Compare any two graphics cards:
Radeon HD 6670 (OEM) vs Radeon HD 7770
IntroThe Radeon HD 6670 (OEM) uses a 40 nm design. AMD has set the core frequency at 800 MHz. The GDDR5 RAM runs at a speed of 1000 MHz on this particular model. It features 480 SPUs along with 24 Texture Address Units and 8 Rasterization Operator Units.
Compare all that to the Radeon HD 7770, which has a clock frequency of 1000 MHz and a GDDR5 memory frequency of 1125 MHz. It also makes use of a 128-bit bus, and makes use of a 28 nm design. It features 640 SPUs, 40 Texture Address Units, and 16 ROPs.
Power Usage and Theoretical Benchmarks
Power Consumption (Max TDP)
Theoretically speaking, the Radeon HD 7770 will be 13% faster than the Radeon HD 6670 (OEM) overall, because of its greater bandwidth. (explain)
Texel RateThe Radeon HD 7770 will be a lot (more or less 108%) more effective at anisotropic filtering than the Radeon HD 6670 (OEM). (explain)
Pixel RateThe Radeon HD 7770 will be much (about 150%) faster with regards to full screen anti-aliasing than the Radeon HD 6670 (OEM), and also able to handle higher screen resolutions while still performing well. (explain)
Please note that the above 'benchmarks' are all just theoretical - the results were calculated based on the card's specifications, and real-world performance may (and probably will) vary at least a bit.
Please note that the price comparisons are based on search keywords - sometimes it might show cards with very similar names that are not exactly the same as the one chosen in the comparison. We do try to filter out the wrong results as best we can, though.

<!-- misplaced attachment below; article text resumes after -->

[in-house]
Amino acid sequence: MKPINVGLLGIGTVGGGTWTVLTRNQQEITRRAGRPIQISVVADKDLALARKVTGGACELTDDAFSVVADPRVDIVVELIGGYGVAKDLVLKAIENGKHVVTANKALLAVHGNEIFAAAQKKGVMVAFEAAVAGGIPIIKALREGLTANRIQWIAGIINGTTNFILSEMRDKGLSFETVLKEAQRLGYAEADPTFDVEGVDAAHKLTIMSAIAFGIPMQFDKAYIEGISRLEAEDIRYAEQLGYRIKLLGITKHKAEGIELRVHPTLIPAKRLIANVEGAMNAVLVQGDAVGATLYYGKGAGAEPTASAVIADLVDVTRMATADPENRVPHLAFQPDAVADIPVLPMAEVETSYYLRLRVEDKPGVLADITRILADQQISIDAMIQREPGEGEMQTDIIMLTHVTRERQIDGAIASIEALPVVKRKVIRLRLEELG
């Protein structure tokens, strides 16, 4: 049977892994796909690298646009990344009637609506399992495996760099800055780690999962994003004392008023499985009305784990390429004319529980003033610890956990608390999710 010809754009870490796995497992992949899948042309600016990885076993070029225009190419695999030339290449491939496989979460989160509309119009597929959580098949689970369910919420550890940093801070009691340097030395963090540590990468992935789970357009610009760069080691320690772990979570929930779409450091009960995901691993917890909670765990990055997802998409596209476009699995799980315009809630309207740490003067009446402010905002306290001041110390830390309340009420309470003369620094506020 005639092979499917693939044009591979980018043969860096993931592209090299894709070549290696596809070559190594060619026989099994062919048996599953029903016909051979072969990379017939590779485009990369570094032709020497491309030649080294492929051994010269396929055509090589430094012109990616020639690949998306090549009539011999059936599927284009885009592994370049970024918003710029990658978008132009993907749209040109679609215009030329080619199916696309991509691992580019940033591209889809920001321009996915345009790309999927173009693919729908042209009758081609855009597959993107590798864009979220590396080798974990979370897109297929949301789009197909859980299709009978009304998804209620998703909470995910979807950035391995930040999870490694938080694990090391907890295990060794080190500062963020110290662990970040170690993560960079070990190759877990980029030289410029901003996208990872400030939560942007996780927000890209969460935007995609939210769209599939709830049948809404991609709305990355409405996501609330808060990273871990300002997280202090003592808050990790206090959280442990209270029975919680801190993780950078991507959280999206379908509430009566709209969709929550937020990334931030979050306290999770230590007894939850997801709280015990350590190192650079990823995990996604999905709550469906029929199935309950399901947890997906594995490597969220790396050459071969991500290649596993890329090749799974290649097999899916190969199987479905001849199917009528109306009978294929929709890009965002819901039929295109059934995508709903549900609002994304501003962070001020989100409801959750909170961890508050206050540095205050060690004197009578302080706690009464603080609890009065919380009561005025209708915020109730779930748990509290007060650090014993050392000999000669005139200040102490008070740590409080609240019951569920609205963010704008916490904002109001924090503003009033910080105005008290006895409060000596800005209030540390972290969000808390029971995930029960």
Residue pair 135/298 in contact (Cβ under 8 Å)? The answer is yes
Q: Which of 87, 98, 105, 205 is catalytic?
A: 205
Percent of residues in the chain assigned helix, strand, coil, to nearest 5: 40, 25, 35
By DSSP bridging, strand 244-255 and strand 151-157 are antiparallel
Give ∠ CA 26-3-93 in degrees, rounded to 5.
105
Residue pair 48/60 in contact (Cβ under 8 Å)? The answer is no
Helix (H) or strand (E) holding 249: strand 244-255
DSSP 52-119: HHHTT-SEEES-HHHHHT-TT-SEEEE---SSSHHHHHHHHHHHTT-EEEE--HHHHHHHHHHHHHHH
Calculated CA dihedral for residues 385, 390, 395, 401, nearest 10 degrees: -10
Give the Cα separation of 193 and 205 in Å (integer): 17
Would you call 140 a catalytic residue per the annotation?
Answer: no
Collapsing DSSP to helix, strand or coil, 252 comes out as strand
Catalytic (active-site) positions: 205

Memory Bandwidth: Memory bandwidth is the max amount of data (measured in megabytes per second) that can be transported over the external memory interface within a second. The number is worked out by multiplying the card's interface width by its memory clock speed. If it uses DDR type RAM, it must be multiplied by 2 again. If DDR5, multiply by 4 instead. The better the bandwidth is, the faster the card will be in general. It especially helps with anti-aliasing, HDR and high resolutions.
Texel Rate: Texel rate is the maximum amount of texture map elements (texels) that can be processed per second. This is worked out by multiplying the total texture units of the card by the core speed of the chip. The better this number, the better the video card will be at texture filtering (anisotropic filtering - AF). It is measured in millions of texels applied in a second.
Pixel Rate: Pixel rate is the maximum amount of pixels that the graphics chip could possibly record to the local memory per second - measured in millions of pixels per second. The number is calculated by multiplying the amount of Raster Operations Pipelines by the the core clock speed. ROPs (Raster Operations Pipelines - sometimes also referred to as Render Output Units) are responsible for filling the screen with pixels (the image). The actual pixel output rate also depends on lots of other factors, most notably the memory bandwidth of the card - the lower the bandwidth is, the lower the ability to get to the maximum fill rate.